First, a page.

By Jennifer Constable
2011 was the year of the Royal wedding, the London riots and sexual liberation. The world was on the cusp of an erotic revolution as some might call it, which came in the form of silky ties, nipple clamps, and the elusive figure of Mr Grey.
‘50 Shades of Grey’ had, quite literally, seduced the country selling over 125 million copies worldwide by June 2015, flying to the top of countless bestsellers lists, becoming the fastest selling paperback in the UK of all time, and the film adaption making in an impressive $569.7 million, making it the fourth highest grossing film of 2015 worldwide. It was official, we were infatuated.
But what was it about this trilogy that had us so hooked? From a purely critical angle, taking into account its rather predictable plotline, beige character profiles and overall distinctly average writing (sorry, E.L James), it’s hard to make the argument that its success was based solely on its, eh, literary merits.
50 Shades was scandalous- its release raised eyebrows, it was erotica of epic proportions, and you didn’t have to download it illegally online. We giggled and exclaimed in hushed whispers when we caught sights of middle aged women reading it on trains- but that didn’t stop us sneakily reading snippets ourselves when we thought no one was looking.
It was by no means a romantic masterpiece of written prose but, for all its flaws, it managed to ruffle society’s prim and proper feathers and debunk one of the greatest sexual taboos: kinks are okay, and nothing to be ashamed about.
Previous generations have been conditioned to find any sexual interest other than “vanilla”, to be disgusting- and this is fundamentally wrong. We shouldn’t feel ashamed for having a penchant for certain things that get out hearts beating that extra bit faster.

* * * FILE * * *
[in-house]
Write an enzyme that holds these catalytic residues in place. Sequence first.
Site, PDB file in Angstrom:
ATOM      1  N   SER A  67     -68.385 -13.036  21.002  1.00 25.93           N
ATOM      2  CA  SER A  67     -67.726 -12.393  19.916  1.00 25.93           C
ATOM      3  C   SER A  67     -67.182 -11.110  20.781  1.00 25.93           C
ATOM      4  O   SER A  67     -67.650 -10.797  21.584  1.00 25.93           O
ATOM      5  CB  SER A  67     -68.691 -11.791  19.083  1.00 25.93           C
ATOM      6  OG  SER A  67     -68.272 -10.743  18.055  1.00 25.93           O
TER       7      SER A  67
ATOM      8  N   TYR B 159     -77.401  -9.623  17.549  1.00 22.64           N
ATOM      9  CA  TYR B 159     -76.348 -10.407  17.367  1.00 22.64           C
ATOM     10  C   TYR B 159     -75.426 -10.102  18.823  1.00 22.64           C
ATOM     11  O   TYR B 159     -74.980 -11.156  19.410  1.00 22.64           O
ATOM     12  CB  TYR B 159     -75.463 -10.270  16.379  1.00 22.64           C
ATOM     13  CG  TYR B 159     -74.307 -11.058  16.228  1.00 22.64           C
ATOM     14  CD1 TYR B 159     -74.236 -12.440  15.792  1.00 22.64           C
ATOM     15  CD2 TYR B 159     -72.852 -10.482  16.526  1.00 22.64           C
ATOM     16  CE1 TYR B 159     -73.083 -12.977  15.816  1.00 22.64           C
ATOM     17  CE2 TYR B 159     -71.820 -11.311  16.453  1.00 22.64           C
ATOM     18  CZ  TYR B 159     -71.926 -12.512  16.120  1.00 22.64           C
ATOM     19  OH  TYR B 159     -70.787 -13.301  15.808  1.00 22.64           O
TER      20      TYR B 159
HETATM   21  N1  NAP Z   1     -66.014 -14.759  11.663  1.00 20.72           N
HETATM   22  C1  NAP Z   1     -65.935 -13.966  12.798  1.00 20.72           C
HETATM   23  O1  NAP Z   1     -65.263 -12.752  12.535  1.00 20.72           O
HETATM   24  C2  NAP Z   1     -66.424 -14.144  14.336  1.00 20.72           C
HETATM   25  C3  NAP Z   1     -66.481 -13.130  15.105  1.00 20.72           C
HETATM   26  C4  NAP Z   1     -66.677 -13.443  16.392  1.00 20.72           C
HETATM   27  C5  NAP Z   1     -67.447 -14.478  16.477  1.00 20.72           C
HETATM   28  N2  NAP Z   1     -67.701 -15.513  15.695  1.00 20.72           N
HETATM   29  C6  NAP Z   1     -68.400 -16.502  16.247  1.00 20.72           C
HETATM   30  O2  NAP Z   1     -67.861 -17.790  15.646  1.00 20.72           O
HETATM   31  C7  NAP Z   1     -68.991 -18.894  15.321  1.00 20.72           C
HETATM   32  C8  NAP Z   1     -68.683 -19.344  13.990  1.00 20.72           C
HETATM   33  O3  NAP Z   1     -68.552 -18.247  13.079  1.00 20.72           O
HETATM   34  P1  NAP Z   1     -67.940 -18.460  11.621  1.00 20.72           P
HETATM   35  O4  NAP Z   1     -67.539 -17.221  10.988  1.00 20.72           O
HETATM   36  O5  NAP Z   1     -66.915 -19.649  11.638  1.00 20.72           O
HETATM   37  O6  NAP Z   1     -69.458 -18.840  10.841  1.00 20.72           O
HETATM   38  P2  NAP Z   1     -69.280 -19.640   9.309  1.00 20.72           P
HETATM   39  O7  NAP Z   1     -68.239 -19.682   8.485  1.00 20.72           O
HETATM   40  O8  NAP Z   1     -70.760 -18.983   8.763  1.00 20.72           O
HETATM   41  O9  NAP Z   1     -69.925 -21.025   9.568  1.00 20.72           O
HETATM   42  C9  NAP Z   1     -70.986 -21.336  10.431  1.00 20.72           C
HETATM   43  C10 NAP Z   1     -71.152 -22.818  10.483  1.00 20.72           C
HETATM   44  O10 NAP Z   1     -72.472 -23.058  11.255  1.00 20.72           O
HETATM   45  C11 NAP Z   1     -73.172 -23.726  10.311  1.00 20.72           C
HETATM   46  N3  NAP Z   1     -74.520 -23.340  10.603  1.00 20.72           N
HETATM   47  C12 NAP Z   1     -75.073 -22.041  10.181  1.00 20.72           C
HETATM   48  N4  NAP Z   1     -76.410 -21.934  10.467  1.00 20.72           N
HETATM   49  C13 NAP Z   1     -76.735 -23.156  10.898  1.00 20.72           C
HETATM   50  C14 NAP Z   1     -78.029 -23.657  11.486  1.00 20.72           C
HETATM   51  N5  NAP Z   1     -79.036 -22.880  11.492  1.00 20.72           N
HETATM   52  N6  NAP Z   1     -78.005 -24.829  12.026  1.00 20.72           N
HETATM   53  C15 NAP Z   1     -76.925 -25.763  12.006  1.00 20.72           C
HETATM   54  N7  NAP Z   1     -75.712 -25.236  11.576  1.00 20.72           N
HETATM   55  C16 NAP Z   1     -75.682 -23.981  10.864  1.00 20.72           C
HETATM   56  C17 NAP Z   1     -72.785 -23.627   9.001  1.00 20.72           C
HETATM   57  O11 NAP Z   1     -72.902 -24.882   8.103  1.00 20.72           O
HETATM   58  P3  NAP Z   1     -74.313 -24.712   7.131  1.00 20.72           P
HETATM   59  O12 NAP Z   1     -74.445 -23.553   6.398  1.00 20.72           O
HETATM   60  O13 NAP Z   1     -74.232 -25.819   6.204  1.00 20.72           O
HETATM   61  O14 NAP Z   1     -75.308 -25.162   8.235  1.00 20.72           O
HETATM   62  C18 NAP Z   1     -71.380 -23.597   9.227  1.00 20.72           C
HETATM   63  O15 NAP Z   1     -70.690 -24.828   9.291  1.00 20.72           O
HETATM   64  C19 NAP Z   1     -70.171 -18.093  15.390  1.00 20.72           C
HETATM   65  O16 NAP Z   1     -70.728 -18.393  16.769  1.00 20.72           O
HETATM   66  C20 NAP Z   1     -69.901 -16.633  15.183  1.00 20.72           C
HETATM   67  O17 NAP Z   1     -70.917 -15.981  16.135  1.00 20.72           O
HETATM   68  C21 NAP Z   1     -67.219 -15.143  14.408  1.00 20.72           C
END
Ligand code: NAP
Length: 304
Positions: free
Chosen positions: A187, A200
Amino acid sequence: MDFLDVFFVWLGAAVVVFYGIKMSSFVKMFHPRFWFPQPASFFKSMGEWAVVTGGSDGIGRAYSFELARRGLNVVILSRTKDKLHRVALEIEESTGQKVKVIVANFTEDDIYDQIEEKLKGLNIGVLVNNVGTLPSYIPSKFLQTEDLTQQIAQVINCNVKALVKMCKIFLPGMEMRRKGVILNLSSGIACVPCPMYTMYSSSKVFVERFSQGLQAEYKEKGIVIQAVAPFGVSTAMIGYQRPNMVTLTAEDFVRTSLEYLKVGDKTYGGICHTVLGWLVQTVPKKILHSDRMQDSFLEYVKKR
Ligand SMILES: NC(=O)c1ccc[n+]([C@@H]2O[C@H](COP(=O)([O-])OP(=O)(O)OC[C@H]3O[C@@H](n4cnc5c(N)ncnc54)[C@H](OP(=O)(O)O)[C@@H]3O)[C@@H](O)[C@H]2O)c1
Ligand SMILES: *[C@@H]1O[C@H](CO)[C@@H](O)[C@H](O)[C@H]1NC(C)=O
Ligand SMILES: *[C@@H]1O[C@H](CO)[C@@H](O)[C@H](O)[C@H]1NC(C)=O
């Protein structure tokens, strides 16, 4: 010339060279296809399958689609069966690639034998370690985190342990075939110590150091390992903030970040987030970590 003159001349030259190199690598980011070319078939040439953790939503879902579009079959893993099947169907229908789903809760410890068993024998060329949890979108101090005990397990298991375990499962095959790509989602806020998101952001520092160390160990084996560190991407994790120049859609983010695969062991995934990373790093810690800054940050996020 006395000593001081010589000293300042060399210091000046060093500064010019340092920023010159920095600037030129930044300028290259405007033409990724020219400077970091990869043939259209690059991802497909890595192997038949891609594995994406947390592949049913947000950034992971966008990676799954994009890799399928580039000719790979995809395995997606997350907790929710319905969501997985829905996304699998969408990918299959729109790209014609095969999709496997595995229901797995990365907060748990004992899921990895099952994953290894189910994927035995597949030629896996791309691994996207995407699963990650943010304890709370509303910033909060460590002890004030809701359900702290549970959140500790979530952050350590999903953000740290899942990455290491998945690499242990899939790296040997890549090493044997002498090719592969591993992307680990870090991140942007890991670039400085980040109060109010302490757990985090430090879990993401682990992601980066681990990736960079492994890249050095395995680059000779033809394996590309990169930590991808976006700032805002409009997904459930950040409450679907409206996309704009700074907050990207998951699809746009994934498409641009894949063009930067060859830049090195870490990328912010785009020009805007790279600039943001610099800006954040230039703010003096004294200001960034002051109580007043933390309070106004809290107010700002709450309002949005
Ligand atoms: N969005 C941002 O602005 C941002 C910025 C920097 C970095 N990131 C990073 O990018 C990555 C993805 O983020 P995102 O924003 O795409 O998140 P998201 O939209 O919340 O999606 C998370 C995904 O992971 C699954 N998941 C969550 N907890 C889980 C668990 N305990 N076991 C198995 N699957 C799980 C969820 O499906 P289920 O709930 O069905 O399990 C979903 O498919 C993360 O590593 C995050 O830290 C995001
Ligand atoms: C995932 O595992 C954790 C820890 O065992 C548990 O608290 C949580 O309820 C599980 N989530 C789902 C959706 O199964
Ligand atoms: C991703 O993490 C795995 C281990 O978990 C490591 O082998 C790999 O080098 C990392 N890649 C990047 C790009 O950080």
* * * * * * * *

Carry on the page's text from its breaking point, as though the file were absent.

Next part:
It’s the intimacy and excitement of sharing these desires that makes sex the enjoyable thing it is. Some people have a thing for feet, some like to indulge in a bit of light (or heavy) spanking, heck, some people even like to –wait for it- lick each other’s bums. From role play to wrist restraints, kinks are fun and shouldn’t be discouraged.
Obviously, I’m not suggesting that you start converting the spare bedroom into your very own red room of pain, or that you invest in a latex gimp suit. All I’m saying is that it’s okay, and healthy to be open to trying new things (within the limits of the law of course). The chances are that if you’re into something, however seemingly gross or vaguely inappropriate it may be, someone else will probably be into it as well- or they’ll at least open to experimenting.
Talking about your likes and dislikes is essential in every sexual relationship- keeping quiet doesn’t benefit anyone. While you’re staying silent, worrying they might find your fetish weird, you could be missing out on many memorable nights worth of kinky, filthy fun.